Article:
Sociocultural theory and the dialectical-materialist approach to L2 development
Introduction to the special issue
Keywords:learner responsiveness, mediation, regulatory scale, self-regulation, zone of proximal development, L2, dialectical materialism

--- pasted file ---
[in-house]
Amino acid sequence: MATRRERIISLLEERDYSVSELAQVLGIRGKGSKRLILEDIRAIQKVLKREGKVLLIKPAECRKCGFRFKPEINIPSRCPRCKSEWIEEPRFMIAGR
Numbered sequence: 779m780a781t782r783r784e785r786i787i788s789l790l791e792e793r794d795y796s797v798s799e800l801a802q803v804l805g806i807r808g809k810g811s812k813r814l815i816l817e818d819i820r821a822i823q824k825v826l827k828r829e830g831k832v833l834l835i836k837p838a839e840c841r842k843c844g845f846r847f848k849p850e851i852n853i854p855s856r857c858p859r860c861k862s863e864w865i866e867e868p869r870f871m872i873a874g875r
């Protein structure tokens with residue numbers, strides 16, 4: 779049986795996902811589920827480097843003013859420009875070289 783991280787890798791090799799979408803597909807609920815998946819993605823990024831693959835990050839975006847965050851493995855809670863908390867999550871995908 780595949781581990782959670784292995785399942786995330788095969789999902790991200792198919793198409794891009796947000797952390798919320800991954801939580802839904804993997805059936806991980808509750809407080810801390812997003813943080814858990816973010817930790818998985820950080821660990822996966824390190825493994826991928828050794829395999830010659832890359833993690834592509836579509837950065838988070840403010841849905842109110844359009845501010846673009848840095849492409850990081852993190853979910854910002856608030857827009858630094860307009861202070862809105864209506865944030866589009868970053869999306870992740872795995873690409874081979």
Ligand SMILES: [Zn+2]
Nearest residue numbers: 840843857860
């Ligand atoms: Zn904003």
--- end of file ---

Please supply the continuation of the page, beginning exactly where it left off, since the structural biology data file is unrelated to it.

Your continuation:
Sociocultural Theory (SCT), as formulated in the writings of Russian psychologist L. S. Vygotsky (1987), was first introduced to the L2 field 30 years ago (Frawley and Lantolf, 1985) as a powerful lens for interpreting processes of L2 development and their relation to particular activities, practices, and interactions (see also Lantolf and Appel, 1994). Beginning with Lantolf and Thorne (2006), L2 SCT researchers have drawn upon principles from the theory to inform educational practices to actively promote learner L2 abilities. Lantolf and Poehner (2014) further elaborated this work in their analysis of the foundational role of dialectics in Vygotsky’s thinking. These authors determined that Vygotsky’s commitment to understanding the relational unity of seemingly disparate and contradictory processes provided the basis for his elaboration of a scientific psychology as well as for his practical work with teachers and learners. For SCT, dialectics functions at the level of a meta-theory, providing a coherent logic for domains of inquiry including natural as well as social and humanistic sciences. It is argued that to appreciate the differences among theoretical approaches currently pursued by SLA researchers and to evaluate their commensurability requires taking account of the meta-theory, or philosophy of science, in which they are rooted. Post-positivism and interpretivism are identified as philosophical positions that underlie and have influenced much SLA research. Both are examined with particular attention to assumptions they make regarding ontology, epistemology, causality, and teleology. Following identification of key differences between these two philosophies, discussion turns to dialectical materialism and to the ways in which this perspective poses new challenges to fundamental assumptions in both post-positivism and interpretivism. Finally, the four papers included in this special issue are examined as representative of the implications of dialectical materialism for L2 research and practice.
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